Recently I’ve focused my blogs on different types of product pricing strategies. I believe pricing is a critical element of the marketing mix that is not well served or understood in most companies. I decided to write on this topic because I kept meeting people who needed help with how to set prices, and as a way to engage readers, I promised to make this topic as exciting as possible. While I’m not sure I’ve succeeded in that, I have confirmed that this need is real, and that the whole area of pricing offers upside profit potential for many companies. I’d like to thank those of you who have invested time with this series of blogs. To recap, we have addressed Cost Based, Competitor Based, Customer Based, and Market or Brand Based strategies.
This post covers two key Market or Brand Based strategies. I created this segment to address situations where we might undertake a broader marketing strategy such as market build, or a specific brand level challenge like promotion pricing. Similar to Customer Based Pricing, decisions made at the market or brand level should be driven more by knowledge and a clear understanding of the external environment.
This strategy strives to maximize efficiencies and/ or profitability by setting price based on supply and demand at the time the product or service is purchased. Many utility companies use time of use pricing to help manage system demand. Here higher electricity rates are established during peak consumption periods, with lower rates applicable off – peak. Time based pricing is also well established within the tourist industry, where a price premium is charged during peak season, and lower rates offered during the off-season.
Dynamic or Flexible Pricing
This approach is similar to time based pricing, in that supply and demand are inherent in the price setting equation. Dynamic pricing can also take into consideration a range of other variables such as changing market characteristics and/ or large amounts of customer data.
One area where dynamic pricing is relevant is in pricing tickets for events. For example, the Washington Wizards modify ticket prices in real time using computer pricing software, with changes based on availability, league standings, roster, day of week, etc.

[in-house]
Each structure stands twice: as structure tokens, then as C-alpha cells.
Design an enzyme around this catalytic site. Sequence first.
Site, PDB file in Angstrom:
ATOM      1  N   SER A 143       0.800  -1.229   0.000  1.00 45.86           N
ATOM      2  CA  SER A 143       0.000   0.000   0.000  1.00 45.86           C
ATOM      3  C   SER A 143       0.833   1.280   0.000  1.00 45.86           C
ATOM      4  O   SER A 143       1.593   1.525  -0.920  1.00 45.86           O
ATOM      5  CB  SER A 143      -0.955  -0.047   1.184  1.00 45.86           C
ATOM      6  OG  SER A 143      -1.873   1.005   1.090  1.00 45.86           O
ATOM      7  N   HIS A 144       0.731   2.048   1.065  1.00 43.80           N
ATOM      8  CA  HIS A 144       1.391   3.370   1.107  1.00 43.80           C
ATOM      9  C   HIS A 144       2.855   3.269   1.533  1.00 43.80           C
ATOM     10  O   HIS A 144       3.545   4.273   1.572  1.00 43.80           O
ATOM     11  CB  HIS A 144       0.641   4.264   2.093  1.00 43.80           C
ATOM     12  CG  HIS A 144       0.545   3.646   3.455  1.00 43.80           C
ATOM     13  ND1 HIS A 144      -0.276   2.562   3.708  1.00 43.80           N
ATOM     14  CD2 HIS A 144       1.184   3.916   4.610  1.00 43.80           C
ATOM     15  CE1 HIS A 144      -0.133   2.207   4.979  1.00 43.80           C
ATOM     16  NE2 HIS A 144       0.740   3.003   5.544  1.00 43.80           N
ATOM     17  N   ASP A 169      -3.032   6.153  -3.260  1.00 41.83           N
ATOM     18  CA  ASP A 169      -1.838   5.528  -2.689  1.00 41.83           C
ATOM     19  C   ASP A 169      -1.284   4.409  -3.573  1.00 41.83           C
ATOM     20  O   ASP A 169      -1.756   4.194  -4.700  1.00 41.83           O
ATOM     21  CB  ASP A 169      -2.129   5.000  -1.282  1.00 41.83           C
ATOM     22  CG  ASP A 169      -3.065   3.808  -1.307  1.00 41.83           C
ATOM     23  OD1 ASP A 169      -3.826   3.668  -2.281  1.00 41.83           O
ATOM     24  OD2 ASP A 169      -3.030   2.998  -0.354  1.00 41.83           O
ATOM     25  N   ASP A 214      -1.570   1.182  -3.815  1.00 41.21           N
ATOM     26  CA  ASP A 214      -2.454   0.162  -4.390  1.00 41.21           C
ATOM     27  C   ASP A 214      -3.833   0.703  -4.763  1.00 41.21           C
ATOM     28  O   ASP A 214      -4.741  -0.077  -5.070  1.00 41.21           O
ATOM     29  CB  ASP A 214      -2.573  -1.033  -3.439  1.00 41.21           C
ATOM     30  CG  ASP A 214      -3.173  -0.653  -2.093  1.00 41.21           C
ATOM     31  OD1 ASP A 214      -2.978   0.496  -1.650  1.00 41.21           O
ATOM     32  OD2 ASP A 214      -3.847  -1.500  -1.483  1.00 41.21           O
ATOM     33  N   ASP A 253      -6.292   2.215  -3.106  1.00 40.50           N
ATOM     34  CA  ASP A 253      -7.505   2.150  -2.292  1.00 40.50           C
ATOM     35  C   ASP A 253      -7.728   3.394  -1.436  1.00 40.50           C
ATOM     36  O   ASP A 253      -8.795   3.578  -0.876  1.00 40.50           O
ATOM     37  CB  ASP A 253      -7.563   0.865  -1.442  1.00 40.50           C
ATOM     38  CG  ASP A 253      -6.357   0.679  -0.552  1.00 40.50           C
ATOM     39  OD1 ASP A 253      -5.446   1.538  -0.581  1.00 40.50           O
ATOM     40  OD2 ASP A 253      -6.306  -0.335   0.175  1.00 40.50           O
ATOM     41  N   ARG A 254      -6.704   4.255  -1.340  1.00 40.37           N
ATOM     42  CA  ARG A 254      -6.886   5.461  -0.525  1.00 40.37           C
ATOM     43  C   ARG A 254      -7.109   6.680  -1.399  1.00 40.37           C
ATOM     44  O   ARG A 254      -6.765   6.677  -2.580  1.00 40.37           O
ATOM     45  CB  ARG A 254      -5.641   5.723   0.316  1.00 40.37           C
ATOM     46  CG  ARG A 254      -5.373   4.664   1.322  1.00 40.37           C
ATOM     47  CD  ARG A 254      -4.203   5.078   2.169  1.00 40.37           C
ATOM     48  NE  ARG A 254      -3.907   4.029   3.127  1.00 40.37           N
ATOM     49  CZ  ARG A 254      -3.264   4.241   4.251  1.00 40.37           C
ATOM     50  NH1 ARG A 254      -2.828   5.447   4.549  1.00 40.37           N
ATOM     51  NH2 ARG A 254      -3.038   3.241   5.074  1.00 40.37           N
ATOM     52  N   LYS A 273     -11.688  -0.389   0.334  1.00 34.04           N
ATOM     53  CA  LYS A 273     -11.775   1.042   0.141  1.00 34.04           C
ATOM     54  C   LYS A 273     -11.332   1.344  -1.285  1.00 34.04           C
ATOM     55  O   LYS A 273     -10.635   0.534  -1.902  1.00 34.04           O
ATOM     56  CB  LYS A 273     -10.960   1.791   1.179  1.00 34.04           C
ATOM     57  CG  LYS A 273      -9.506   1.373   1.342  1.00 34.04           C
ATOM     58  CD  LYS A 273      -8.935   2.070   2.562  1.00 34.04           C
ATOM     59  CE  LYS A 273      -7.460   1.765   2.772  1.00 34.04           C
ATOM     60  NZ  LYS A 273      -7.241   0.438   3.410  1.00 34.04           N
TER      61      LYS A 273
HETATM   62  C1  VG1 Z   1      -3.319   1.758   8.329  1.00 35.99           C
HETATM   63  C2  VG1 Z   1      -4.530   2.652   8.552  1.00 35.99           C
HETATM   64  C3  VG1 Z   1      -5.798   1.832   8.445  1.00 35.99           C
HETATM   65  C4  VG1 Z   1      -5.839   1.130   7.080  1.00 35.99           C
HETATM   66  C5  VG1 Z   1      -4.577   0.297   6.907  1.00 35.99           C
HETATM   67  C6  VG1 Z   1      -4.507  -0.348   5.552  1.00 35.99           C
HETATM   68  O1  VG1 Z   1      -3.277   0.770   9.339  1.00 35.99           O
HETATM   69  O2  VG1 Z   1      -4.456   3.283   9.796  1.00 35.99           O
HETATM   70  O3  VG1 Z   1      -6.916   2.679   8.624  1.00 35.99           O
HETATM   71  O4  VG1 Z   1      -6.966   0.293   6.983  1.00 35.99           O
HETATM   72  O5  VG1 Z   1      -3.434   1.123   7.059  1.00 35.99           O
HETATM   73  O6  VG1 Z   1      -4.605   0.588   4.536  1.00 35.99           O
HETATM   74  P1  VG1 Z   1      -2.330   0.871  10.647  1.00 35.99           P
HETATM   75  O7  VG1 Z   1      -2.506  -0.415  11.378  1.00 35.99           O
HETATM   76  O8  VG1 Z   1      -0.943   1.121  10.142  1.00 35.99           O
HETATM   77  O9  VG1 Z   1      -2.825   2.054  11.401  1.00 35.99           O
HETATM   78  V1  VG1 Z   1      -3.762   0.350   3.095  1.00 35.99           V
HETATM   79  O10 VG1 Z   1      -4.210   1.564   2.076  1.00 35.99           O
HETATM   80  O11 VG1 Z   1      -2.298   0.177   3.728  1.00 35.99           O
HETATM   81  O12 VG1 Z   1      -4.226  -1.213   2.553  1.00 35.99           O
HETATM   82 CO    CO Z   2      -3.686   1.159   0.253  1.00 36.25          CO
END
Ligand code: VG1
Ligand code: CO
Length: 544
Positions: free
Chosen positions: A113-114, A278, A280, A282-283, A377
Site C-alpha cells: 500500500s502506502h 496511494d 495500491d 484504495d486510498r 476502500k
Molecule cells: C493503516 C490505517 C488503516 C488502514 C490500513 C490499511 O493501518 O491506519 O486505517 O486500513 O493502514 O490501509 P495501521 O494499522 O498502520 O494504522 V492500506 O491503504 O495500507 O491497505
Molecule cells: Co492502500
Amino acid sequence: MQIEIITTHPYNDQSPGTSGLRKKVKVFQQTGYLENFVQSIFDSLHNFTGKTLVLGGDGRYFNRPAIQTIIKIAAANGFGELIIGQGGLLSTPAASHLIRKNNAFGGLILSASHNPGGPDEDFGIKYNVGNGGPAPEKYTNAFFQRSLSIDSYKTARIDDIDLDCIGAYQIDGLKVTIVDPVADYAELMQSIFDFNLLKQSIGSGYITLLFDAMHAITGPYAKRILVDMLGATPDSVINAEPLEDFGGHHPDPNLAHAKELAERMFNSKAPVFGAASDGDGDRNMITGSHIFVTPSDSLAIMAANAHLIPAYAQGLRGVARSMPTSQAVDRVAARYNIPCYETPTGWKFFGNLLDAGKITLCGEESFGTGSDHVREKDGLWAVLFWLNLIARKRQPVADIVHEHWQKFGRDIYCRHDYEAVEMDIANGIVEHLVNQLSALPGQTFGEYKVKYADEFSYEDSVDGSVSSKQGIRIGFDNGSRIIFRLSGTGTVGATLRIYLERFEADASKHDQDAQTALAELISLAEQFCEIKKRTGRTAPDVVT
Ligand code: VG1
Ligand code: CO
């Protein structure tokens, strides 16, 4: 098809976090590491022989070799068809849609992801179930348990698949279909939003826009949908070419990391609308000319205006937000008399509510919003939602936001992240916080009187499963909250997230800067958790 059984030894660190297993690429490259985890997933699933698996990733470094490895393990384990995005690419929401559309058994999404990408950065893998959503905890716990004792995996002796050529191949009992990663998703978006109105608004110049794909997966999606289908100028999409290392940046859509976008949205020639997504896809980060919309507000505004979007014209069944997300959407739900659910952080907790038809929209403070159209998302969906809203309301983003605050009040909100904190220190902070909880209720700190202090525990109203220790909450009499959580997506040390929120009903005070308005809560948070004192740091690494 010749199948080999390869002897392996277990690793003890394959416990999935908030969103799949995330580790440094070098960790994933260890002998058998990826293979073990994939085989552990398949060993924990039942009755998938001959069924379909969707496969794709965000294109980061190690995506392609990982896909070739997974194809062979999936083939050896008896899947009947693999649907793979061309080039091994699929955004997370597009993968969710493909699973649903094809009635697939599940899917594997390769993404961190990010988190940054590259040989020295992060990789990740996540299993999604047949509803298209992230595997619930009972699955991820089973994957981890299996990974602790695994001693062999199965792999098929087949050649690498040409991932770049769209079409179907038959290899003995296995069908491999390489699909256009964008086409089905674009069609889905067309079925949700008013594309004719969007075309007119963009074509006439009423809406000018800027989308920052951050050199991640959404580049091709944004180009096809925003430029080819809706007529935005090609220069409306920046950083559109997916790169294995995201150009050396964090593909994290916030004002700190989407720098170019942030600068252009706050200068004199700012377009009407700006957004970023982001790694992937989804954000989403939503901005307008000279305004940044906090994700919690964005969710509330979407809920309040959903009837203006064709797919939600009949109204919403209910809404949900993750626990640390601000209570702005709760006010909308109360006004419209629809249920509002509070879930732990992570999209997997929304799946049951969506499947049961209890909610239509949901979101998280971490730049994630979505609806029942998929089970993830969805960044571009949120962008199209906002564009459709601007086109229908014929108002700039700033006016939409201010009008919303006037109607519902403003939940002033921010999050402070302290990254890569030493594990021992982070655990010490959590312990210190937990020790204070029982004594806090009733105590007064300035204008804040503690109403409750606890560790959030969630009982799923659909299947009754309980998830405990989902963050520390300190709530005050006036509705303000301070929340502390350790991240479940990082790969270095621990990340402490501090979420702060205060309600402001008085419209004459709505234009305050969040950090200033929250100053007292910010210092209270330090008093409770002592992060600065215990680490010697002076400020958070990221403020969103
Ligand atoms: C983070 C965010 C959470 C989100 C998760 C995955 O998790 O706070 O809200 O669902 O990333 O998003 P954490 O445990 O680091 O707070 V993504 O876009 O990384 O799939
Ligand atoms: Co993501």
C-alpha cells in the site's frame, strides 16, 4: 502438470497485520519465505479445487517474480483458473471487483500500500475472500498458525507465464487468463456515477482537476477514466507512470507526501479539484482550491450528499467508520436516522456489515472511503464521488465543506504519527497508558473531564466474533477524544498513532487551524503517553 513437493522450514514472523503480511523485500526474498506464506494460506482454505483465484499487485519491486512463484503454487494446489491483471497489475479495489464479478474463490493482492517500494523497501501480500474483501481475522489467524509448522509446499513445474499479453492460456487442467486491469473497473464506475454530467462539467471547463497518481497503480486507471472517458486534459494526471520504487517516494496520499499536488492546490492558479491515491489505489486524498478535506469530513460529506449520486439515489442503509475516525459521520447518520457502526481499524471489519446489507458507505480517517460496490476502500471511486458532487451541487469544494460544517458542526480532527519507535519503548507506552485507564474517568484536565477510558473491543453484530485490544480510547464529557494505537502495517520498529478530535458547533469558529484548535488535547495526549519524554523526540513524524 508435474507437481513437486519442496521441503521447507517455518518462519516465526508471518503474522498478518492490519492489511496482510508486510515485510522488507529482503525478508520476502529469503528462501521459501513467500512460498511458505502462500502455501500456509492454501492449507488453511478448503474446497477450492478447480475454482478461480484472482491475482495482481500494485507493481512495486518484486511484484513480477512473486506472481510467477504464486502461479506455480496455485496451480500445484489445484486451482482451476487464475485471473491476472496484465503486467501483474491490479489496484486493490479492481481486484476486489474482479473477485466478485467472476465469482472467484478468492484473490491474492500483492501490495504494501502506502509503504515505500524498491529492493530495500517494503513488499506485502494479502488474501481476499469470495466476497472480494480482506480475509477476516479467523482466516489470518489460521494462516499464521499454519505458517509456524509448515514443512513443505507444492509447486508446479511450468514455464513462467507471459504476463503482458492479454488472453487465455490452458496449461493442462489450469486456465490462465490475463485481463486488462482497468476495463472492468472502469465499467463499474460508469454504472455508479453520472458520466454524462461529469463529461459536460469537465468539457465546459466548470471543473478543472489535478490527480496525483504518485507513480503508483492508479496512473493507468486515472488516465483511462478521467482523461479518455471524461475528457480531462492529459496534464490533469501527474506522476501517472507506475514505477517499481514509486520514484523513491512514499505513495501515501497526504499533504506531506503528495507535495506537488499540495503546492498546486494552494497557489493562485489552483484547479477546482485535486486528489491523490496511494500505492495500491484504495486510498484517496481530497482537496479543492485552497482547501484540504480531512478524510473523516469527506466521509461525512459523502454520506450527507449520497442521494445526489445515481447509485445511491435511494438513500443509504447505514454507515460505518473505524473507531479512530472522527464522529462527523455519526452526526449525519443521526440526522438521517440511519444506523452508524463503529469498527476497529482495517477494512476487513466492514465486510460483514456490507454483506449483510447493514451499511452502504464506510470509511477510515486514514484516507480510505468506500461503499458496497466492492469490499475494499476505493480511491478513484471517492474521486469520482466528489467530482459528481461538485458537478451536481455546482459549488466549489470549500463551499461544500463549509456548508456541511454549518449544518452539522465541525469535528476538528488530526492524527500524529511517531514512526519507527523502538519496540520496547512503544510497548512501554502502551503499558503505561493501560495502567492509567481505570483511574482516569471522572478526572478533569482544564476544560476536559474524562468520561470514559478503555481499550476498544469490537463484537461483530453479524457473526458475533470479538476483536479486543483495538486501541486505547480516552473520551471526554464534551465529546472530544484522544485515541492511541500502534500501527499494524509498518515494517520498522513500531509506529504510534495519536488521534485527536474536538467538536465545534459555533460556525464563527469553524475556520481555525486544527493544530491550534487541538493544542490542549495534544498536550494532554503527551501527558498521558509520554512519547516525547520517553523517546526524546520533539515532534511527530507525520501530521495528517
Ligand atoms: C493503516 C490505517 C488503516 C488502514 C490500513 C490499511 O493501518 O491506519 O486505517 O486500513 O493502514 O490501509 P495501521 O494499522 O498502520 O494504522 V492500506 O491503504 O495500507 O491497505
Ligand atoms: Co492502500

The airline industry is a well-known example of how pricing has evolved to use large amounts of customer data to customize pricing for identical or similar seats. While capacity and fill rates are important elements in the pricing equation, other factors such as past purchases, requested seats, and home base come into consideration.
Pros and Cons
Both of these pricing methodologies can increase profitability through better, more real-time management of supply and demand. Decision-making becomes more knowledge based as large amounts of data are used to support pricing changes, sometimes without human intervention.
On the downside, customers may be unclear as to what factors actually contributed to their price. They may view this as unfair, which may cause a backlash against the company or the brand. Similarly, these approaches can also be seen as discriminatory since different prices are charged to different individuals or groups for similar products or services.
From the company’s perspective, an investment in advanced software and personnel is required to optimize price adjustments over time. Since technology is being used to ‘mine’ personal data such as purchase history and demographics, some ethical issues may exist.
Time Based Pricing, and its more technology driven cousin Dynamic Pricing, are good examples of how pricing has evolved as a result of our capacity to gather and analyze large amounts of data. Thinking of pricing as a continuum with a simple cost based approach on one end, and a more complex dynamic pricing system on the other, where does your company sit?
Are pricing reviews within your firm driven by the need to address increased costs, or is pricing seen as a strategic element of the marketing mix due to its ability to increase profit?
For a complete discussion on types of pricing strategies, please contact Boardroom Metrics 1.905.709.4031.